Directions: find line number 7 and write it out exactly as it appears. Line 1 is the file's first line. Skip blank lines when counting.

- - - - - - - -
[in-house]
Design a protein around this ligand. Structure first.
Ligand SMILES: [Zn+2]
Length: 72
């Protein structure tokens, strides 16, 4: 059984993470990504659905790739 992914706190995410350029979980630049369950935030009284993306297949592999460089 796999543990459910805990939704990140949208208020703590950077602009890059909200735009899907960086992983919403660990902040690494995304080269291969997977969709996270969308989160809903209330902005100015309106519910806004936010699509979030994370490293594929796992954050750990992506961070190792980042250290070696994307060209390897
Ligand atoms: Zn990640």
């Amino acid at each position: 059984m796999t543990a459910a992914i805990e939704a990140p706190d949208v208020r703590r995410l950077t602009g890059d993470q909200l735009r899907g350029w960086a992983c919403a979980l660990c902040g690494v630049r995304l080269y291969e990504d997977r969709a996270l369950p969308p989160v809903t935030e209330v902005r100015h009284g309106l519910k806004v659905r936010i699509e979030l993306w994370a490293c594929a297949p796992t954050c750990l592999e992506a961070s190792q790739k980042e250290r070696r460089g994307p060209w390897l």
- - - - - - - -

């Amino acid at each position: 059984m796999t543990a459910a992914i805990e939704a990140p706190d949208v208020r703590r995410l950077t602009g890059d993470q909200l735009r899907g350029w960086a992983c919403a979980l660990c902040g690494v630049r995304l080269y291969e990504d997977r969709a996270l369950p969308p989160v809903t935030e209330v902005r100015h009284g309106l519910k806004v659905r936010i699509e979030l993306w994370a490293c594929a297949p796992t954050c750990l592999e992506a961070s190792q790739k980042e250290r070696r460089g994307p060209w390897l």